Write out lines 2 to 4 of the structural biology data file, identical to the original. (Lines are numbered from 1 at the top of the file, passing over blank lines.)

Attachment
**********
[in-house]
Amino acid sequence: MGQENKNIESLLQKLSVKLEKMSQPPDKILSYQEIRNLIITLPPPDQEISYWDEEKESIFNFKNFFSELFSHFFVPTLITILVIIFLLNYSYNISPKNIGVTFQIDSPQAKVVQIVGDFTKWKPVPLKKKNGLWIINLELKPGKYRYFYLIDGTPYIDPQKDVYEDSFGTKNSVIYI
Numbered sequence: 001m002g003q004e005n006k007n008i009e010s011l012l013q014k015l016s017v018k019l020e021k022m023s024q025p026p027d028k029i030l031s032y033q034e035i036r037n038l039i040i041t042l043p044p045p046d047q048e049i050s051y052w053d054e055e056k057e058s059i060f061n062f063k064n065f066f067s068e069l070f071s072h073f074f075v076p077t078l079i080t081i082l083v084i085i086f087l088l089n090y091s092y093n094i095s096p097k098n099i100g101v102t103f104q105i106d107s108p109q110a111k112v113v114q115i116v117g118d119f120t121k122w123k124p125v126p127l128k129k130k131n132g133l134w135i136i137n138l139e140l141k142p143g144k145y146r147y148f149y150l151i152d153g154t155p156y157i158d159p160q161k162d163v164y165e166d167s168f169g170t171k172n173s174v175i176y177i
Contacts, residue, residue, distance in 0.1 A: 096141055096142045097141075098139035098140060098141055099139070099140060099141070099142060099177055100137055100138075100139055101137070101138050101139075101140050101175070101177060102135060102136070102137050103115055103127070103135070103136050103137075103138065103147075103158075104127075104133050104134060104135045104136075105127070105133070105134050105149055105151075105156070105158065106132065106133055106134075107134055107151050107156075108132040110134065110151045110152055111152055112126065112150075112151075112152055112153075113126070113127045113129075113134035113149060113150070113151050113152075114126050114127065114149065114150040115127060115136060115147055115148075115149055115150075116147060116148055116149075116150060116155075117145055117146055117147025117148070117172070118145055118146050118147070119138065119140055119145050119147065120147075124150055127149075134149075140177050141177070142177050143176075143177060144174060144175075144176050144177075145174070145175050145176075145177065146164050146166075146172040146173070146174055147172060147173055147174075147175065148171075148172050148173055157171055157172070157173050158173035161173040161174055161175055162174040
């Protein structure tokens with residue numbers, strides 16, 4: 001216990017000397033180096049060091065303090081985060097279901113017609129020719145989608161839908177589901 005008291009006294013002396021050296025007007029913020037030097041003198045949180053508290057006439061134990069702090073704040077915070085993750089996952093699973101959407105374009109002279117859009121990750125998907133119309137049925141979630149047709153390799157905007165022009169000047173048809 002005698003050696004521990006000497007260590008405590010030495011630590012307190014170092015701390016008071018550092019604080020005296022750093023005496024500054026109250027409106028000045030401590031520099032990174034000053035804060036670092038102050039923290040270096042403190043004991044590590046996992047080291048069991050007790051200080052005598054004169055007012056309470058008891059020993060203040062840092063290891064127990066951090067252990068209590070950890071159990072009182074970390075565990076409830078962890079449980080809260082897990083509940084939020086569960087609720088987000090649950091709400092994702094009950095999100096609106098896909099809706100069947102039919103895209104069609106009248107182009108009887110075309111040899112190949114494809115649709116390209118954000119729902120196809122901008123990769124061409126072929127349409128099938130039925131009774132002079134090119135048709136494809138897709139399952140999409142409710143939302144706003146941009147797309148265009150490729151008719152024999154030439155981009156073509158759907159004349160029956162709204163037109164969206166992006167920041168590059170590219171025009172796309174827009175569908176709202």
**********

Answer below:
Amino acid sequence: MGQENKNIESLLQKLSVKLEKMSQPPDKILSYQEIRNLIITLPPPDQEISYWDEEKESIFNFKNFFSELFSHFFVPTLITILVIIFLLNYSYNISPKNIGVTFQIDSPQAKVVQIVGDFTKWKPVPLKKKNGLWIINLELKPGKYRYFYLIDGTPYIDPQKDVYEDSFGTKNSVIYI
Numbered sequence: 001m002g003q004e005n006k007n008i009e010s011l012l013q014k015l016s017v018k019l020e021k022m023s024q025p026p027d028k029i030l031s032y033q034e035i036r037n038l039i040i041t042l043p044p045p046d047q048e049i050s051y052w053d054e055e056k057e058s059i060f061n062f063k064n065f066f067s068e069l070f071s072h073f074f075v076p077t078l079i080t081i082l083v084i085i086f087l088l089n090y091s092y093n094i095s096p097k098n099i100g101v102t103f104q105i106d107s108p109q110a111k112v113v114q115i116v117g118d119f120t121k122w123k124p125v126p127l128k129k130k131n132g133l134w135i136i137n138l139e140l141k142p143g144k145y146r147y148f149y150l151i152d153g154t155p156y157i158d159p160q161k162d163v164y165e166d167s168f169g170t171k172n173s174v175i176y177i
Contacts, residue, residue, distance in 0.1 A: 096141055096142045097141075098139035098140060098141055099139070099140060099141070099142060099177055100137055100138075100139055101137070101138050101139075101140050101175070101177060102135060102136070102137050103115055103127070103135070103136050103137075103138065103147075103158075104127075104133050104134060104135045104136075105127070105133070105134050105149055105151075105156070105158065106132065106133055106134075107134055107151050107156075108132040110134065110151045110152055111152055112126065112150075112151075112152055112153075113126070113127045113129075113134035113149060113150070113151050113152075114126050114127065114149065114150040115127060115136060115147055115148075115149055115150075116147060116148055116149075116150060116155075117145055117146055117147025117148070117172070118145055118146050118147070119138065119140055119145050119147065120147075124150055127149075134149075140177050141177070142177050143176075143177060144174060144175075144176050144177075145174070145175050145176075145177065146164050146166075146172040146173070146174055147172060147173055147174075147175065148171075148172050148173055157171055157172070157173050158173035161173040161174055161175055162174040